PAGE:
Story at a glance
- Fauci discussed present challenges and future innovations amid the COVID-19 pandemic.
- He maintains that a vaccine will likely be ready in late 2020 or early 2021.
With rumors swirling of discontent at the White House, Anthony Fauci, the nation’s leading voice in its historic fight with COVID-19, expressed more cautious optimism today regarding a vaccine and the U.S.’s capability to flatten curves across the states experiencing outbreaks when speaking in an interview with Stanford Medical School Dean Lloyd Minor.
He first acknowledged that of all the diseases he has worked on throughout his career as a physician-scientist, COVID-19 is the worst.
“Of all the emerging infections that I’ve had to deal with...starting off on HIV in the early 80s with Ebola and Zika and the Anthrax attacks, this is clearly the most challenging,” he explained, noting that the quick rate of transmission made it capable of spiraling into a true global pandemic.
That does not make it indomitable, however.
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Fauci noted that the best way to move forward without compromising the country’s economy is to implement a gradual reopening as initially intended. He said the guidelines developed with the CDC about one month ago did not work well, citing going from a lockdown state to “throwing caution to the wind” and not implementing any of the suggested public health practices.
“We can get a handle on it...if we step back. You don't necessarily need to shut down again, but pull back a bit, and then proceed, in a very prudent way, of observing the guidelines of going step to step,” he explained. Consistent with prior interviews, he emphasizes that using masks, hand washing and social distancing are the best public health practices everyone can follow.
Looking toward the future and the release of a vaccine and other therapeutics, Fauci stuck to the estimated timeline of having a vaccine by the end of the year.
He elaborated on current vaccine trials, explaining that randomized placebo-controlled trials have yielded two intervention medicines, dexamethasone and remdesivir, that have a clear, significant benefit for patients with an advanced infection.
Despite the relative success seen with these treatments, Fauci said that a drug designed for early intervention is vital to stopping cases from overwhelming the health care system. Some of the candidates include direct antivirals, convalescent plasma, hyperimmune globulin, monoclonal antibodies and other direct antiviral agents.
He expressed optimism about monoclonal antibodies as an upfront form of treatment, to be given in single or multiple intravenous infusions, based on previous success with Ebola.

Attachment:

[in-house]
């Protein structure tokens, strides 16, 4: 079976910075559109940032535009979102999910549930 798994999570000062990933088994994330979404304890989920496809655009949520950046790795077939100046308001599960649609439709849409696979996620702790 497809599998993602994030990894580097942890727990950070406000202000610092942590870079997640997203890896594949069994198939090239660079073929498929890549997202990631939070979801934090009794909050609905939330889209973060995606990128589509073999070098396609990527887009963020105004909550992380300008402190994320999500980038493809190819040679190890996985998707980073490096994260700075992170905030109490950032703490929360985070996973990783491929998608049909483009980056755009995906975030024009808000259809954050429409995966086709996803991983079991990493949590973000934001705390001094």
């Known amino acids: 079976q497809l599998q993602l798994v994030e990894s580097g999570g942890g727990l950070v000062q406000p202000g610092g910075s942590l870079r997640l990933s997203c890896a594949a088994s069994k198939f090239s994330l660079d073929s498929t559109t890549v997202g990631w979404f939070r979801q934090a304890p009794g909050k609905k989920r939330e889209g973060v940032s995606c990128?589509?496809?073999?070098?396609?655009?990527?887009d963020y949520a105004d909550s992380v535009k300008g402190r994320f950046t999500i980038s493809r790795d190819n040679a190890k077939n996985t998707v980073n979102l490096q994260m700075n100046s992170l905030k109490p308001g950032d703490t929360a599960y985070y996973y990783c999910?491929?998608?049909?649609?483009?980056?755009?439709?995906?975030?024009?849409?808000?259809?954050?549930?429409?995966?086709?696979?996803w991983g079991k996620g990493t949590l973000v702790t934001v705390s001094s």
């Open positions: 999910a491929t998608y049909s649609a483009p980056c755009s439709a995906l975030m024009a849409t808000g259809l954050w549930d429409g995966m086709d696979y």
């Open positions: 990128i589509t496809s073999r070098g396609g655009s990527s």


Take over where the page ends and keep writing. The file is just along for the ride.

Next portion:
“I believe we are on a good track to get there reasonably soon,” he said. “There are multiple candidates that are in various stages of clinical trials. One or two of them will go into Phase 3 for efficacy literally at the end of this month.”
In the meantime, Minor asked Fauci about what the nation can do to improve its preparedness for another outbreak of COVID-19 or another pandemic entirely.
Fauci responded by recommending incorporating academic medical centers and professionals to help mitigate future outbreaks, citing institutions like the University of California, San Francisco, Columbia University, and Stanford University as examples of medical institutions with talent that can help in a public health crisis.
“I think if the rest of the country would leverage their academic medical centers to get involved, we’d be better off,” he said.
Outside of the realm of academia, Fauci expressed the need for a solid pandemic preparedness plan states can fall back on, in the inevitable event that another pandemic occurs.
“This is not something that is going to go away and never happens again,” he warned.
“We’ve...got to use this as a lesson to prepare for the next one.”
Some of the preparation this might entail includes developing innovative and sophisticated platform technologies to expedite vaccine development, with the ultimate goal of facilitating the transition from an unknown treatment agent to an effective vaccine.
Additionally, Fauci said rebuilding the U.S.’s health care apparatus to better withstand an influx of patients is critical.
“We have let the local public health infrastructure in our country really go into tatters,” he said. “We were so good at controlling smallpox, polio, tuberculosis, that we let the infrastructure locally, essentially go unattended, and what happened is that it attenuated and attenuated, and now when we need good local public health capability,” he explained. “It’s not optimal, it’s not as good as it should be. We’ve got to build it up again.”
The crises that erupted in multiple health care facilities across the country when the pandemic hit left medical professionals understaffed and ill-equipped to work on containing the virus and treating sick patients. The lack of personal protective equipment itself triggered President Trump to invoke the Defense Production Act in April to spur companies to manufacture medical equipment.
Fauci also recommended pouring resources into communities hit particularly hard by the virus, specifically acknowledging that people of color, including Black, Latinx and Native Americans, all have disproportionately severe rates of infection compared to their white counterparts.
“It’s striking how disproportionately they are disadvantaged,” he stated. He said that most of the essential workers unable to isolate themselves during the pandemic are Americans of color.
In light of the reckoning with how racism affects public health crises, Fauci said that the distribution of the forthcoming vaccine must be “done in an equitable way as possible,” involving committees who understand vaccinology, ethicists and community representatives.
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